How worried are you about your parents?

Many of us worry about what may happen when and if our parents become infirm and dependent on our assistance. Researchers call this "filial anxiety." According to research, moderate levels of anxiety can lead to stronger motivation for caregiving, while extreme levels of anxiety can lead to the avoidance of caregiving.

To get an idea of your own level of filial anxiety, take the following quiz, developed by leading psychologists. Read each statement and indicate how frequently you feel that way, using these measures: always, often, once in a while, never. A scoring section follows.

  1. I worry that a time will come when I’ll have to help my parents.

  2. I am afraid that my parents will need more care than I can give.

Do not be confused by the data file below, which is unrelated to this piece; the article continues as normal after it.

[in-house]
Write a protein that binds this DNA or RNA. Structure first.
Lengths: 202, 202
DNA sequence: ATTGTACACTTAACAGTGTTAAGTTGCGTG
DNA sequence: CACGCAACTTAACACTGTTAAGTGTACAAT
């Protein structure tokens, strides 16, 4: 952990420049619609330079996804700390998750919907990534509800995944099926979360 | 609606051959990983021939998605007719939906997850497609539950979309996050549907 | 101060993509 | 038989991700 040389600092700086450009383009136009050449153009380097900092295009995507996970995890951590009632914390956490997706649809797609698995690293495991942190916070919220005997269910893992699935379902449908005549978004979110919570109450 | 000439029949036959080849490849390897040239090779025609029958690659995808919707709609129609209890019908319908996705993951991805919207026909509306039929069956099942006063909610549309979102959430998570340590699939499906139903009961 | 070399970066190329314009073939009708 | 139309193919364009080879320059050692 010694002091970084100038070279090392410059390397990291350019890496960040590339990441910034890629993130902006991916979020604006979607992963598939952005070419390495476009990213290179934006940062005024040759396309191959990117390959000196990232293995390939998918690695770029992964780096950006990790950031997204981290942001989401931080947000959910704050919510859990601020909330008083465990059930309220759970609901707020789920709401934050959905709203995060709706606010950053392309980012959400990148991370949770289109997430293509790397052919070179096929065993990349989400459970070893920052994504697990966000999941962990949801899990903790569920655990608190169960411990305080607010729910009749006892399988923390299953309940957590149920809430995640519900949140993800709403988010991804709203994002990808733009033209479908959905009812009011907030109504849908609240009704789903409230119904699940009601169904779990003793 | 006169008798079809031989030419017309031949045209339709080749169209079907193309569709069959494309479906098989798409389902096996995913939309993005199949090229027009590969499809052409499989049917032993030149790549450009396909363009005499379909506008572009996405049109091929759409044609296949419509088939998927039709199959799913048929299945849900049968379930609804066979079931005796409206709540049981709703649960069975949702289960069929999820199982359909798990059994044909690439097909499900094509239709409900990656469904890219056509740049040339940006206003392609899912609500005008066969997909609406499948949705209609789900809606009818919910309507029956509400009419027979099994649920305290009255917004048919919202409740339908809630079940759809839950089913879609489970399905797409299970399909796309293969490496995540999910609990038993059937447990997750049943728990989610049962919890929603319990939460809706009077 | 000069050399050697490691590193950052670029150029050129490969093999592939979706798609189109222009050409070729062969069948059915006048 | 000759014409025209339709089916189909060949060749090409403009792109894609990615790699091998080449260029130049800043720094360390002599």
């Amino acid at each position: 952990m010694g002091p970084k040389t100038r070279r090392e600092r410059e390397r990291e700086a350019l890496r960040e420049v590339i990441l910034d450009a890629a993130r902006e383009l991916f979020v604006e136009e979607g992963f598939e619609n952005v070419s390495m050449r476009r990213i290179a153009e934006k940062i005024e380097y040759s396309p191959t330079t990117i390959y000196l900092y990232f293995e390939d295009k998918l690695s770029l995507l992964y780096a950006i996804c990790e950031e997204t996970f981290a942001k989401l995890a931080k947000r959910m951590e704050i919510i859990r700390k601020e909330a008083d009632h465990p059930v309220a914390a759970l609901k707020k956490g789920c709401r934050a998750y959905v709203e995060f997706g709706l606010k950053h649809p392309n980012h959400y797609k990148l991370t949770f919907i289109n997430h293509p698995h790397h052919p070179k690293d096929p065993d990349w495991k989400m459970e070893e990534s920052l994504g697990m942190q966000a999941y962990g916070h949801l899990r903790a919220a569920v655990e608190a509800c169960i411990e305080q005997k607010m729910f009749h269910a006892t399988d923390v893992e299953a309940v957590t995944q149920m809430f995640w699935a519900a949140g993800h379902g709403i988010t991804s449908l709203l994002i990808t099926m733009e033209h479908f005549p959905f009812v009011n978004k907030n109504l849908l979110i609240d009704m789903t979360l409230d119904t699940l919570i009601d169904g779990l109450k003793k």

3. I want to help my parents, but I worry about what will happen to my own life.

  • I’m afraid that helping my parents will be a drain on my financial resources.

  • I feel I should keep in almost constant touch with my parents to be sure nothing is wrong.

  • It would upset me to see my parents in need of anything in their old age.

  • I just can’t stand the thought of my parents being sick foa long period of time.

  • Scoring: If you indicated "often" or "always" for three or more of the statements, filial anxiety may be a significant factor in your life. Now look to see which of these seven thoughts run through your mind most frequently. If they fall most often among the first four, you are probably feeling more anxiety over your parents’ welfare.

    The remedies for high filial anxiety, say psychologists, are self-education and openness to the parent-child relationship. Their advice? Learn about aging, caregiving and the resources that are available to help you. In addition, talk to your parents about your concerns, share information with them and plan together.<!–

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